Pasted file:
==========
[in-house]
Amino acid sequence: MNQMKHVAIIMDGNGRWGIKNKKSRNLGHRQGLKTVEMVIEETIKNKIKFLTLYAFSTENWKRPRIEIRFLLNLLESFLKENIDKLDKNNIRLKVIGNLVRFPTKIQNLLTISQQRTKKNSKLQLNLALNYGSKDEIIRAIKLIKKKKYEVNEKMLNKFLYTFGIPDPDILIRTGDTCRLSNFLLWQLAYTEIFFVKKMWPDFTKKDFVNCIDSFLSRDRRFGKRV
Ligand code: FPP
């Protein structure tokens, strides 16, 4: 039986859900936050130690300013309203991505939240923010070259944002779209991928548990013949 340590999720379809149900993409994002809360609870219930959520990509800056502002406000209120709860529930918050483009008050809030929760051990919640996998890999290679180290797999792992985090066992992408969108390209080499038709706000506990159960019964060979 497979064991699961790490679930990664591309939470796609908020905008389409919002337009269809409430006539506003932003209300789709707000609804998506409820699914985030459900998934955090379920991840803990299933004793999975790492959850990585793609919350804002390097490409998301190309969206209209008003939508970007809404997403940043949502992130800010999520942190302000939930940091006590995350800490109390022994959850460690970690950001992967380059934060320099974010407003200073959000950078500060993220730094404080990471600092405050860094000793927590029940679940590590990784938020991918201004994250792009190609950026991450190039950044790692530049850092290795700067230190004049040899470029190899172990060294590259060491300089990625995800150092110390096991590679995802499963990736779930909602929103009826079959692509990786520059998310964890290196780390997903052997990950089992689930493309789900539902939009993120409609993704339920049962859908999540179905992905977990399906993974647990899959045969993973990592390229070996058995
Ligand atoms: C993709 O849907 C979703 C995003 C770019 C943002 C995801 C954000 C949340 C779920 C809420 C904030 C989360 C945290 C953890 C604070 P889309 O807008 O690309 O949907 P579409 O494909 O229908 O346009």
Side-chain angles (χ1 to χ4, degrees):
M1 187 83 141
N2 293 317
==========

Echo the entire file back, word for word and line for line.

[in-house]
Amino acid sequence: MNQMKHVAIIMDGNGRWGIKNKKSRNLGHRQGLKTVEMVIEETIKNKIKFLTLYAFSTENWKRPRIEIRFLLNLLESFLKENIDKLDKNNIRLKVIGNLVRFPTKIQNLLTISQQRTKKNSKLQLNLALNYGSKDEIIRAIKLIKKKKYEVNEKMLNKFLYTFGIPDPDILIRTGDTCRLSNFLLWQLAYTEIFFVKKMWPDFTKKDFVNCIDSFLSRDRRFGKRV
Ligand code: FPP
């Protein structure tokens, strides 16, 4: 039986859900936050130690300013309203991505939240923010070259944002779209991928548990013949 340590999720379809149900993409994002809360609870219930959520990509800056502002406000209120709860529930918050483009008050809030929760051990919640996998890999290679180290797999792992985090066992992408969108390209080499038709706000506990159960019964060979 497979064991699961790490679930990664591309939470796609908020905008389409919002337009269809409430006539506003932003209300789709707000609804998506409820699914985030459900998934955090379920991840803990299933004793999975790492959850990585793609919350804002390097490409998301190309969206209209008003939508970007809404997403940043949502992130800010999520942190302000939930940091006590995350800490109390022994959850460690970690950001992967380059934060320099974010407003200073959000950078500060993220730094404080990471600092405050860094000793927590029940679940590590990784938020991918201004994250792009190609950026991450190039950044790692530049850092290795700067230190004049040899470029190899172990060294590259060491300089990625995800150092110390096991590679995802499963990736779930909602929103009826079959692509990786520059998310964890290196780390997903052997990950089992689930493309789900539902939009993120409609993704339920049962859908999540179905992905977990399906993974647990899959045969993973990592390229070996058995
Ligand atoms: C993709 O849907 C979703 C995003 C770019 C943002 C995801 C954000 C949340 C779920 C809420 C904030 C989360 C945290 C953890 C604070 P889309 O807008 O690309 O949907 P579409 O494909 O229908 O346009």
Side-chain angles (χ1 to χ4, degrees):
M1 187 83 141
N2 293 317